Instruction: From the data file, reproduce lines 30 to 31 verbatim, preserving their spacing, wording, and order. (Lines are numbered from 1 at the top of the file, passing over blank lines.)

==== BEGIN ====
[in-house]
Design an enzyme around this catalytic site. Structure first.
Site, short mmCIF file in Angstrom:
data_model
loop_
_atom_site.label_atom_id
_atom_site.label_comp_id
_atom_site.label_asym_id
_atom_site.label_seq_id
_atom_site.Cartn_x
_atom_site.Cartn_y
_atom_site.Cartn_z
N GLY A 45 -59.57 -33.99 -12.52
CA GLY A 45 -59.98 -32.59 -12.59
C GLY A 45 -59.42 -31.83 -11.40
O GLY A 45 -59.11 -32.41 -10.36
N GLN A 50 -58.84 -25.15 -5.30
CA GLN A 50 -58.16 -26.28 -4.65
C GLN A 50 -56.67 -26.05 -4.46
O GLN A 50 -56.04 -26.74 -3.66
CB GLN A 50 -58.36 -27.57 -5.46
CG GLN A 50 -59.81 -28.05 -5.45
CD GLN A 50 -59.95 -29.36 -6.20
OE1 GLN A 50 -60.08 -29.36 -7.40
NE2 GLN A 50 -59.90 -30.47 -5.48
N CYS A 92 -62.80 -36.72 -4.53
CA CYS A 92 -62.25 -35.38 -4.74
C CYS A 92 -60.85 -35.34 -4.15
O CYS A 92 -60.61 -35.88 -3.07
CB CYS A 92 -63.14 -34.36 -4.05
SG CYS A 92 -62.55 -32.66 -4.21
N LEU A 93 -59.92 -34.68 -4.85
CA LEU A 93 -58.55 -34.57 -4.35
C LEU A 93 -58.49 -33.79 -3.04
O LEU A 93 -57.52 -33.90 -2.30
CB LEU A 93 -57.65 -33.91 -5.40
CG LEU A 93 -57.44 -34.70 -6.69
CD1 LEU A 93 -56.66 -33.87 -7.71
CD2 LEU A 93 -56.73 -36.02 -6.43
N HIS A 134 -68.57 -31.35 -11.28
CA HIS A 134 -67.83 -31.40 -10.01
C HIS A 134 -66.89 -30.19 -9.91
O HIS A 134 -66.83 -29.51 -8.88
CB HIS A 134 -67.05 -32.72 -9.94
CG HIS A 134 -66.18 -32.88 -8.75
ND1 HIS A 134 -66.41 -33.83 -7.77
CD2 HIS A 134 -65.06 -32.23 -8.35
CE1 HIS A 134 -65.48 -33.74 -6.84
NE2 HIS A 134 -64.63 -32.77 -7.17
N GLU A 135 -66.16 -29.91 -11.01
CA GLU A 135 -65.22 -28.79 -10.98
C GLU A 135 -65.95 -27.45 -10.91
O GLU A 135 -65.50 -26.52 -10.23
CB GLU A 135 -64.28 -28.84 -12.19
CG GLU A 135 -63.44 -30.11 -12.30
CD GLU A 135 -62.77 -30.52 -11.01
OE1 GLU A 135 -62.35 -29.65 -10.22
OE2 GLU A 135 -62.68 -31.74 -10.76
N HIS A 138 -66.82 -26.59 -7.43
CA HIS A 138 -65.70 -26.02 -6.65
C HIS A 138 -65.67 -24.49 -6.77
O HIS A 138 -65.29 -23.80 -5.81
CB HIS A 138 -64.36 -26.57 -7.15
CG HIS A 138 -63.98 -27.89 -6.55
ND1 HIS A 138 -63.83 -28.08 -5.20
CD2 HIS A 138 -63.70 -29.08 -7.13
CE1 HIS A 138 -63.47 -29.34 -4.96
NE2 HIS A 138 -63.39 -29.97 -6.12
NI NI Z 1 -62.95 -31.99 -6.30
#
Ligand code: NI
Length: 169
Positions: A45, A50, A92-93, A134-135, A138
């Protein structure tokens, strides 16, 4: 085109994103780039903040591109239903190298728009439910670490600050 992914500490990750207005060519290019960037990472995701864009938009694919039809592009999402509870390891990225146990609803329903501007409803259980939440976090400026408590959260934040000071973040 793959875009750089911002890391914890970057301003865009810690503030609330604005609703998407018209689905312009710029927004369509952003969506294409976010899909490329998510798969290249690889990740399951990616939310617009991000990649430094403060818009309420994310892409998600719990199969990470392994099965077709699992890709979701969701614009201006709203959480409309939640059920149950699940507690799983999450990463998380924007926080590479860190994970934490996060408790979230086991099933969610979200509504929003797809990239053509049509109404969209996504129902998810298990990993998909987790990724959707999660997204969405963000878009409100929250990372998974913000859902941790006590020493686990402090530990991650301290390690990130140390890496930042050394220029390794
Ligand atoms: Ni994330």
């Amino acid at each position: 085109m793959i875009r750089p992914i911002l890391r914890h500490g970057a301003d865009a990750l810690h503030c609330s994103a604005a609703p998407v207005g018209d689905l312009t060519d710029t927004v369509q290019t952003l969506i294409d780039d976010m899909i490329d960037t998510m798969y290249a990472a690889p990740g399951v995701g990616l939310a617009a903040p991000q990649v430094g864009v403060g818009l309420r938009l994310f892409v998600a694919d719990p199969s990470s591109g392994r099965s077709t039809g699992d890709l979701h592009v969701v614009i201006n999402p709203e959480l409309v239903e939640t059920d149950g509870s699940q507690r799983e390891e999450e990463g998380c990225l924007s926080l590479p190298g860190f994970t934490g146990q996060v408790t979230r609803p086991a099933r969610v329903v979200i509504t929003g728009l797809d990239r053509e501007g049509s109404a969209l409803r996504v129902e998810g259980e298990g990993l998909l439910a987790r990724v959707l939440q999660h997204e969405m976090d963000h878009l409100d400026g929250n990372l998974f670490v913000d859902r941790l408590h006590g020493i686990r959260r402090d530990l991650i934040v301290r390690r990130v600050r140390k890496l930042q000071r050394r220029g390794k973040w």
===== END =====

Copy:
CB CYS A 92 -63.14 -34.36 -4.05
SG CYS A 92 -62.55 -32.66 -4.21